I have an advantage over an actual new reader because I know, through osmosis, I think, that at some point prior to this story, advanced alien technology was incorporated into Superman's hometown of Metropolis and that it didn't work out as well as it might have. We have an intriguing social conflict between Daily Planet editor Perry White, who wants to use the alien tech judiciously, and angry workers who fear any use of it will cost them their jobs. I like the "real world" aspects of the tale.
Casey's writing is pretty good here, though I did wince when Jimmy calls Superman as "the Man of Steel" in a conversation with Perry. It was jarring, much as if I suddenly took to referring to Maggie Thompson as "the editor of CBG" while talking to people who know her as "Maggie." It's a minor quibble, but it struck a false note in an otherwise well-written script.
The classic Joe Shuster, Wayne Boring, and Curt Swan versions of Superman have fallen out of favor of late, replaced by a "manga" influence. I prefer the classic looks, but this issue's interior art by Wieringo with Mauricet (pencils) and Jose Marzan, Jr. (inks) was very well done.
I took a point for the lack of back story, but THE ADVENTURES OF SUPERMAN #598 still rates an: ELASTIC LAD.
THE AUTHORITY #27 (Wildstorm; $2.50) is a sadistic exercise in artistic ego. It begins with the current members of the Authority maiming and slaughtering Legion of Super-Heroes knockoffs and from there proceeds to lovingly detailed scenes of the previous members of the Authority being tortured. If this comic book, which carries no advisory as to its brutal and dehumanizing nature, has a reason behind its meanness, its writer lacks the talent to illuminate that reason. It is a comics equivalent of an evil child setting fire to anthills with his magnifying glass.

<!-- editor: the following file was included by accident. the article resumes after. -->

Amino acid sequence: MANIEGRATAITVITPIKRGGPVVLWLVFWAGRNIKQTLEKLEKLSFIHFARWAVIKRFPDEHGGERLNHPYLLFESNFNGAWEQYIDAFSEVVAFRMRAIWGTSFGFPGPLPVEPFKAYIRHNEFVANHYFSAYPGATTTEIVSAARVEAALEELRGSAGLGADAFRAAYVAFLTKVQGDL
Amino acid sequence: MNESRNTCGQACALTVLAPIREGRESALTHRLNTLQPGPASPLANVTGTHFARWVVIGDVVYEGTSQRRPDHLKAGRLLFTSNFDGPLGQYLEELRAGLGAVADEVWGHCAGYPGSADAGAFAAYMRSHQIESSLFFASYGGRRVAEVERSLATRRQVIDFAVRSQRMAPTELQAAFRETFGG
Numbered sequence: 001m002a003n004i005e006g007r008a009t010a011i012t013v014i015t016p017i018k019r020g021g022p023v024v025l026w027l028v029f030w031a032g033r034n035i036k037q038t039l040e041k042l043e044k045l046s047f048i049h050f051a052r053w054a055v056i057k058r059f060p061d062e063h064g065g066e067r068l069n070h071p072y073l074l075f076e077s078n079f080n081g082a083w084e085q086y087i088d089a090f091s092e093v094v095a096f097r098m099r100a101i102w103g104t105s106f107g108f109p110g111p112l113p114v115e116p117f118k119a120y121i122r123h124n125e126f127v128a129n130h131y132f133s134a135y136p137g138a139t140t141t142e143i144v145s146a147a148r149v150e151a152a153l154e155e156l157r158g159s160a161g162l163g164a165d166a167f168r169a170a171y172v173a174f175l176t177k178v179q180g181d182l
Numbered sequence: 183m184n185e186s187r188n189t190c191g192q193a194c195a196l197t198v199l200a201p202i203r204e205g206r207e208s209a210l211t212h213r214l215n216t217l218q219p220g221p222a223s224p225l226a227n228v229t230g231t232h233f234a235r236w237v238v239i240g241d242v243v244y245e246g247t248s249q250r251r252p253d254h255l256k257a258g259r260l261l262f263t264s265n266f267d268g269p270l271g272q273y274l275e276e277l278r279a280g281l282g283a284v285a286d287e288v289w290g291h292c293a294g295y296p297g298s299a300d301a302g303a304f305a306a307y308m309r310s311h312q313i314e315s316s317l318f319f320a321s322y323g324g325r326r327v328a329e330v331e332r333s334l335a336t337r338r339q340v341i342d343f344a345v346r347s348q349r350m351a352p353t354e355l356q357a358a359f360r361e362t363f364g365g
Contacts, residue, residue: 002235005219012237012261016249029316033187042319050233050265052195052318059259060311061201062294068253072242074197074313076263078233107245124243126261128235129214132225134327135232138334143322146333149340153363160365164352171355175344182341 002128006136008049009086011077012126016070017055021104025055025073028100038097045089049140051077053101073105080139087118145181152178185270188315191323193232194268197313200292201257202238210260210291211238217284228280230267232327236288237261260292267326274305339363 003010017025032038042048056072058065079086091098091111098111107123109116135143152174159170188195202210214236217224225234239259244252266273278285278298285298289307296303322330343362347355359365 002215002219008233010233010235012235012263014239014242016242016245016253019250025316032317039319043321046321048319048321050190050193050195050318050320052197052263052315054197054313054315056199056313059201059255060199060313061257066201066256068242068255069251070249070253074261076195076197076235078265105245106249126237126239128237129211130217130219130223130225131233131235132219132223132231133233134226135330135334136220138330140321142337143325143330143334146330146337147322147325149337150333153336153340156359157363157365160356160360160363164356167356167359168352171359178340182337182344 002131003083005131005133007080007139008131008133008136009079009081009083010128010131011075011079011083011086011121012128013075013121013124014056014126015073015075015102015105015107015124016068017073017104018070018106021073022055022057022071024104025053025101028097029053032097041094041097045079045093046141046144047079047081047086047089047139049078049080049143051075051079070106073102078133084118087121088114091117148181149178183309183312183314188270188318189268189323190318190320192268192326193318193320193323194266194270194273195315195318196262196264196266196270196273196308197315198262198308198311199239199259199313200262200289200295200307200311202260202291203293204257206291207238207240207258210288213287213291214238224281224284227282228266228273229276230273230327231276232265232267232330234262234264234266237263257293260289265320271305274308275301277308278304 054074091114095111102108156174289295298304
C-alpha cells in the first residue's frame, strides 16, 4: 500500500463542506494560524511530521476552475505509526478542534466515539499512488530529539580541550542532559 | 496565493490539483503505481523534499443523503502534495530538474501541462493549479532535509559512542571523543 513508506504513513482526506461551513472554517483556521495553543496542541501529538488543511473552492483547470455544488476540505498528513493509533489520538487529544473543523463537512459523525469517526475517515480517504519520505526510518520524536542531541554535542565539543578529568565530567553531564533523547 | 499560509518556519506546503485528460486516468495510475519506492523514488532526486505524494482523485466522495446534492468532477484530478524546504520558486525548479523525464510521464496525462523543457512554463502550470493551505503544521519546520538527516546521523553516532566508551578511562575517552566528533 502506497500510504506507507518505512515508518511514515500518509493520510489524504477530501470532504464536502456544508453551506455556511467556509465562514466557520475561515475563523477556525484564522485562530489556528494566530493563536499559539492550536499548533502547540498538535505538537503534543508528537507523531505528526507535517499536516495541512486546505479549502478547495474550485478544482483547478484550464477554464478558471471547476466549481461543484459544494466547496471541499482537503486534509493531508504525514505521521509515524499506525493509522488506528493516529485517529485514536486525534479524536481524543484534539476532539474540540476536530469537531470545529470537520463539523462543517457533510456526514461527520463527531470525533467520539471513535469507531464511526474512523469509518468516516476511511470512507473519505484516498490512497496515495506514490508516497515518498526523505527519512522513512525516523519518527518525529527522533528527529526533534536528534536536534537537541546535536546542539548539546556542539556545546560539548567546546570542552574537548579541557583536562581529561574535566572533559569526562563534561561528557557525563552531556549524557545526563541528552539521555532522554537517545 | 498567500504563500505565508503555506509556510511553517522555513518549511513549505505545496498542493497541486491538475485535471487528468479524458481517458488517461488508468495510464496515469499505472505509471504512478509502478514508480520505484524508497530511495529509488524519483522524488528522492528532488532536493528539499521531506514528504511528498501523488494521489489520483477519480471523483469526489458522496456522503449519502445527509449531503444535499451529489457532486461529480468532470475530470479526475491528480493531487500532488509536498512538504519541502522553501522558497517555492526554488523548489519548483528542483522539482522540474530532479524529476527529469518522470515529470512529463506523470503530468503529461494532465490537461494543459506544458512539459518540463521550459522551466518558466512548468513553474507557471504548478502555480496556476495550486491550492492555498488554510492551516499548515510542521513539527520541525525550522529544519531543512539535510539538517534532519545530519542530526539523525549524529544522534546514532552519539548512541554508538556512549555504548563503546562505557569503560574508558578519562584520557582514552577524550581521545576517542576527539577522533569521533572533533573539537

DC management is taking a great deal of flak from fans crying about the grave "injustice" done to THE AUTHORITY and its writers as the company attempts to moderate the title's excesses. To those benighted fans, I offer a sincere...boo hoo.
What DC should be taking flak for is not putting this mad dog to sleep months ago. I can't even give this issue the lowest score on my "Jimmy" scale because I can't conceive of another comic being this awful. It's in a class by itself.
AZRAEL: AGENT OF THE BAT #84 (DC; $2.50) is a "done-in-one" story about sports rage: a father goes on a killing spree after an altercation with other fathers at a kids baseball game. I like a bit of reality with my super-hero comics and enjoy a "torn from the headlines" approach, but Denny O'Neil took his tale so far over the top that it quickly lost its tenuous connection to the real world. Worse, even the super-hero aspects of the story fell short of what I would expect from a writer of O'Neil's talents.
Although a new reader wouldn't know this, I know that Azrael's story has been one of personal challenge and growth. From textual clues, I gather that he hasn't had an easy time of it lately and is having some problems with his self-esteem. Even so, I thought it unlikely his reaction to the proximity of a man who had killed four times would be to "let the cops handle it." And I found it plain impossible to believe that computer whiz and information specialist Barbara "Oracle" Gordon needed two passes to come up with the news that the killer was a metahuman.
O'Neil's writing is good, as is the artwork by Sergio Cariello (pencils) and James Pascoe (inks), but the story's logic problems lowers its rating to: LESLIE LOWE.
DETECTIVE COMICS #764 (DC; $2.50) was a terrific comic book from Joel McCrea's ominous cover, through the Batman story by Greg Rucka, Shawn Martinbrough, and Jesse Delperdang, and finishing with the "Josie Mac" chapter by Judd Winick and Cliff Chiang. Counting the letters page, that comes to 30 pages of material for two-and-a-half bucks. That strikes me as a good value.